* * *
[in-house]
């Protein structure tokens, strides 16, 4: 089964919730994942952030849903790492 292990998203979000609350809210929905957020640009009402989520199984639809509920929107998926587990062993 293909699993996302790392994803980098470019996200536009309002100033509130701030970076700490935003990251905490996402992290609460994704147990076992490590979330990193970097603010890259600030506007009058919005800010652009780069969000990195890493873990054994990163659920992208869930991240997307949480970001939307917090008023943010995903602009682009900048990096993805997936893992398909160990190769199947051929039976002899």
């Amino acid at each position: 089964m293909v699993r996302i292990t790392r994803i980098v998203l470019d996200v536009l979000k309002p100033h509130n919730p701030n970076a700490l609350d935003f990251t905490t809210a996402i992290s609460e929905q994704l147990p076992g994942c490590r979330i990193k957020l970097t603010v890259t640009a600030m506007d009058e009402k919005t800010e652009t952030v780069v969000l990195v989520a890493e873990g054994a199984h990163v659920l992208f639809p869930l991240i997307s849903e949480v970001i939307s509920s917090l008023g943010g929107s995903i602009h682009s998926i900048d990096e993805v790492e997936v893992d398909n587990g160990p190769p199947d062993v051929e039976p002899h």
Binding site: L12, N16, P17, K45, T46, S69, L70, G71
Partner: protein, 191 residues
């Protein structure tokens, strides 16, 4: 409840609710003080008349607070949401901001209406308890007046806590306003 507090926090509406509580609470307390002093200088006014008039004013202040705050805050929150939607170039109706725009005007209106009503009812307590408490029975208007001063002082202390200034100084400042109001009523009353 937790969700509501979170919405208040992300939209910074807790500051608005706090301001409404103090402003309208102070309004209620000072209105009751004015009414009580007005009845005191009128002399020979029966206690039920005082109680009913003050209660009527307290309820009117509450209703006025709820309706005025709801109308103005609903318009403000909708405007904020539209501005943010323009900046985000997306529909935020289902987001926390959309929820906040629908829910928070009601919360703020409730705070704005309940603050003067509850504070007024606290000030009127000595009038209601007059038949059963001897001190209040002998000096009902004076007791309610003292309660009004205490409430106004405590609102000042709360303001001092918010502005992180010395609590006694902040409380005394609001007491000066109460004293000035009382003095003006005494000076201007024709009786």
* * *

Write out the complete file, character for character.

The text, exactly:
[in-house]
């Protein structure tokens, strides 16, 4: 089964919730994942952030849903790492 292990998203979000609350809210929905957020640009009402989520199984639809509920929107998926587990062993 293909699993996302790392994803980098470019996200536009309002100033509130701030970076700490935003990251905490996402992290609460994704147990076992490590979330990193970097603010890259600030506007009058919005800010652009780069969000990195890493873990054994990163659920992208869930991240997307949480970001939307917090008023943010995903602009682009900048990096993805997936893992398909160990190769199947051929039976002899």
């Amino acid at each position: 089964m293909v699993r996302i292990t790392r994803i980098v998203l470019d996200v536009l979000k309002p100033h509130n919730p701030n970076a700490l609350d935003f990251t905490t809210a996402i992290s609460e929905q994704l147990p076992g994942c490590r979330i990193k957020l970097t603010v890259t640009a600030m506007d009058e009402k919005t800010e652009t952030v780069v969000l990195v989520a890493e873990g054994a199984h990163v659920l992208f639809p869930l991240i997307s849903e949480v970001i939307s509920s917090l008023g943010g929107s995903i602009h682009s998926i900048d990096e993805v790492e997936v893992d398909n587990g160990p190769p199947d062993v051929e039976p002899h």
Binding site: L12, N16, P17, K45, T46, S69, L70, G71
Partner: protein, 191 residues
């Protein structure tokens, strides 16, 4: 409840609710003080008349607070949401901001209406308890007046806590306003 507090926090509406509580609470307390002093200088006014008039004013202040705050805050929150939607170039109706725009005007209106009503009812307590408490029975208007001063002082202390200034100084400042109001009523009353 937790969700509501979170919405208040992300939209910074807790500051608005706090301001409404103090402003309208102070309004209620000072209105009751004015009414009580007005009845005191009128002399020979029966206690039920005082109680009913003050209660009527307290309820009117509450209703006025709820309706005025709801109308103005609903318009403000909708405007904020539209501005943010323009900046985000997306529909935020289902987001926390959309929820906040629908829910928070009601919360703020409730705070704005309940603050003067509850504070007024606290000030009127000595009038209601007059038949059963001897001190209040002998000096009902004076007791309610003292309660009004205490409430106004405590609102000042709360303001001092918010502005992180010395609590006694902040409380005394609001007491000066109460004293000035009382003095003006005494000076201007024709009786």